A More Reliable United Front

During the anti-concession walkouts at Kaiser last January and in September, 2011, SEIU-UHW urged its members to cross picket-lines set up by the 20,000 or more strikers represented by CNA, NUHW, or Local 39 of the Operating Engineers. Adding insult to injury, new SEIU-UHW President Dave Regan then made a failed attempt last summer to enlist California legislators and labor federation officials in an industry-backed attempt to weaken the state’s safe staffing law, which sets minimum nurse-patient ratios in hospitals.

Regan’s goal was to suspend (during RN meals and breaks) the nation’s first and only ratios law, essentially gutting a much-prized achievement of the CNA. In an internal message to CNA staffers last Fall, DeMoro called Regan a ”management hack” who “may be the most despicable ‘labor leader’ that we have ever encountered” because “he has climbed so far into bed with the hospital association and employers.”
According to DeMoro, “Regan argued on behalf of the California Hospital Association that nurses need to sacrifice their meals and breaks and the safety of their patients to help hospitals save $400 million because the state was in a budget crisis.” Meanwhile, state records showed that California hospitals collectively posted $4.4 billion in profits in 2010 alone.

The CNA leader expressed additional concern about “me-too” deals negotiated by SEIU-UHW, under Regan. At Sutter Health, for example, management agreed to rescind wage and benefit concessions already accepted by SEIU if CNA-represented nurses (or NUHW members) are able to resist such give-backs in the same hospital. According to CNA, “Regan’s actions have emboldened Sutter’s already hard line that has provoked a long contract dispute with RNs.”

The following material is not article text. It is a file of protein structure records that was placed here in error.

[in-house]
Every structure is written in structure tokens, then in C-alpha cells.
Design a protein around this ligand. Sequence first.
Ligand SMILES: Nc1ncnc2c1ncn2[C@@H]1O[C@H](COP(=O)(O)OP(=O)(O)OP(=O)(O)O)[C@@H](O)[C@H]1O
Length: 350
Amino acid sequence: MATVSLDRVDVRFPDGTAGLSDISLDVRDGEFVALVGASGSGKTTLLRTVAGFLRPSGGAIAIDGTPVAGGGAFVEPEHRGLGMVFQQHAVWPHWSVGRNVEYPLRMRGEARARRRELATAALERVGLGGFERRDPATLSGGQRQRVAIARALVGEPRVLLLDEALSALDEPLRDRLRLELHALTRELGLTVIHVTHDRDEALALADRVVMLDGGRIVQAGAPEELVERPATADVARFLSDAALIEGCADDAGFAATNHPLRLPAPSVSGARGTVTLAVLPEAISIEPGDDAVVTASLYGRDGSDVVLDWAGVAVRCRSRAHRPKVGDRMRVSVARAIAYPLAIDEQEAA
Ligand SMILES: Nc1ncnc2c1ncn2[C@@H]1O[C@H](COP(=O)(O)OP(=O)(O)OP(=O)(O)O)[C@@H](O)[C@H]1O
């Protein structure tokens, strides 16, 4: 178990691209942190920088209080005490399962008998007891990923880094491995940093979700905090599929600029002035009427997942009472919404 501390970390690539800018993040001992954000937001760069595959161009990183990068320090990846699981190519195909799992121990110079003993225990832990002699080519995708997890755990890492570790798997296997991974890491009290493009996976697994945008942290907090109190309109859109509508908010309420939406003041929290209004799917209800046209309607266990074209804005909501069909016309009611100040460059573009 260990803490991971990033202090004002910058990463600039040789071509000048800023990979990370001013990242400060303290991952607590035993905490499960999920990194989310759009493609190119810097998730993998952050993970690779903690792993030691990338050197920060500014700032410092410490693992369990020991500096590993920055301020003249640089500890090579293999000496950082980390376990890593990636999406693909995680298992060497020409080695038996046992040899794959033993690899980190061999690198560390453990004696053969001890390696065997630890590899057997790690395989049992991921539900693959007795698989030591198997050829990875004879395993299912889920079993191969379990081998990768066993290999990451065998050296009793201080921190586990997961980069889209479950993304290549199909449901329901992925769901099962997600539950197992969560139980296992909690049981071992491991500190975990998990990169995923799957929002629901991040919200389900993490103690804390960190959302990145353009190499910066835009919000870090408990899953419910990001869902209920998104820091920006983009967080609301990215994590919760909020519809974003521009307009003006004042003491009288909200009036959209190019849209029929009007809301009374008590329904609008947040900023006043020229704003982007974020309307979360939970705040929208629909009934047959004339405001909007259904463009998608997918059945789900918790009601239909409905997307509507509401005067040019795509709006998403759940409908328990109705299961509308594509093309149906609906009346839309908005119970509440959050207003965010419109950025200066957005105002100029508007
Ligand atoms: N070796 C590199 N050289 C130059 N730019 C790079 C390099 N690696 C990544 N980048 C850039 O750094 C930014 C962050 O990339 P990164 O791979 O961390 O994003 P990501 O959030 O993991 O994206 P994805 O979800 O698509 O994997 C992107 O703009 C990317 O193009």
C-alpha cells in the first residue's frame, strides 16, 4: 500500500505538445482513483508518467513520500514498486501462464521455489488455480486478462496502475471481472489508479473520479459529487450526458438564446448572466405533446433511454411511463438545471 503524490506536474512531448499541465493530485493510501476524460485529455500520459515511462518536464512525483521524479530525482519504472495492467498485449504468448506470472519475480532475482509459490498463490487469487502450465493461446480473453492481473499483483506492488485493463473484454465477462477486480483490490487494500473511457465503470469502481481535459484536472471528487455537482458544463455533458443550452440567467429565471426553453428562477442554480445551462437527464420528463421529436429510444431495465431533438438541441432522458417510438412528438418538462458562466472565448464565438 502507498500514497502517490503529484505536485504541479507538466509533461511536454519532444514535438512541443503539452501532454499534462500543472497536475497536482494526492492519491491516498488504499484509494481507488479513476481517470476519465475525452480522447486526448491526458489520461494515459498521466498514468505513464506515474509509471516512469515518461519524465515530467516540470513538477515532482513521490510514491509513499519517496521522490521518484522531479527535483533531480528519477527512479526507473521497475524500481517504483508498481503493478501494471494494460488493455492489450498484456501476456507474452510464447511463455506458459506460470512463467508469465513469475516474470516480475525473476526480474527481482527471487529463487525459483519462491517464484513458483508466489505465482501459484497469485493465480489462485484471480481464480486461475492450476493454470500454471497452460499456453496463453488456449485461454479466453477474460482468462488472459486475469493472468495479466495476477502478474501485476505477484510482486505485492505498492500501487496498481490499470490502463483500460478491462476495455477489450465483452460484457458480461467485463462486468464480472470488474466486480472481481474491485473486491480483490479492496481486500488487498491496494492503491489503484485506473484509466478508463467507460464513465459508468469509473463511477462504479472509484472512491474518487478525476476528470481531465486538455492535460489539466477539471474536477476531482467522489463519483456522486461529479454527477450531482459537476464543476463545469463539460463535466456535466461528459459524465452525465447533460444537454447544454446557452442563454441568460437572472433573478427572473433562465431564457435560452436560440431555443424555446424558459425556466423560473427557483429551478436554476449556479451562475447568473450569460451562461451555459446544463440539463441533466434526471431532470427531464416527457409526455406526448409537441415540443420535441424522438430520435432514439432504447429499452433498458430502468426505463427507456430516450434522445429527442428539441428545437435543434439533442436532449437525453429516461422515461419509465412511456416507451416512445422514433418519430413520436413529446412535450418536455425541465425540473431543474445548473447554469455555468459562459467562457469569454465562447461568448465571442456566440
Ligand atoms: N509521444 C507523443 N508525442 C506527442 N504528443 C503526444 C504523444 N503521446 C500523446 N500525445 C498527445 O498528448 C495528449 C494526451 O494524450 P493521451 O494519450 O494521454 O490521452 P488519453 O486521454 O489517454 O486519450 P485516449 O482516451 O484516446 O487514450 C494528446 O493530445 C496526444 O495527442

To secure a more reliable “united front against Kaiser and other employers in our upcoming bargaining,” CNA began vying with the International Association of Machinists (IAM) as a potential NUHW merger partner. An internal political shift on the Machinists’ side has now led to a friendly parting of ways between the IAM and NUHW—clearing the path for a more organic CNA-NUHW connection that also permits NUHW to become AFL-CIO affiliated.

The Rerun Kaiser Election

If NUHW succeeds in replacing SEIU-UHW as Kaiser’s largest union (with CNA help), the two unions plan to coordinate their resistance to management demands at Kaiser, Sutter Health, and other hospital chains for health care cost shifting, elimination of defined benefit pensions, and various forms of out-sourcing.

To win at Kaiser, NUHW organizers say privately, they need prior personal commitments of support from nearly 18,000 workers. For now, NUHW remains several thousand short of that goal. One issue that’s definitely aiding NUHW canvassing lately is Kaiser’s attempt to eliminate 1,000 jobs, a breach of job security commitments that SEIU-UHW is doing little to resist. Even AFSCME, a longtime Labor-Management Partnership participant, that has previously followed SEIU’s lead at Kaiser, has protested this lay-off threat by announcing a boycott of partnership meetings until the issue is resolved. (See http://sternburgerwithfries.blogspot.com/2012/11/partnership-unions-cry-crocodile-tears.html

At last Thursday’s gathering of Kaiser Partnership foes, Rosselli urged a stronger response: “Instead of suspending participation in Kaiser Partnership activities, they should notify Kaiser that they are leaving the partnership and joining forces with us!”

(Steve Early was an organizer and contract negotiator for the Communications Workers of America for 27 years. He is the author of The Civil Wars in U.S. Labor, from Haymarket Books, which chronicles past California health care union conflicts.)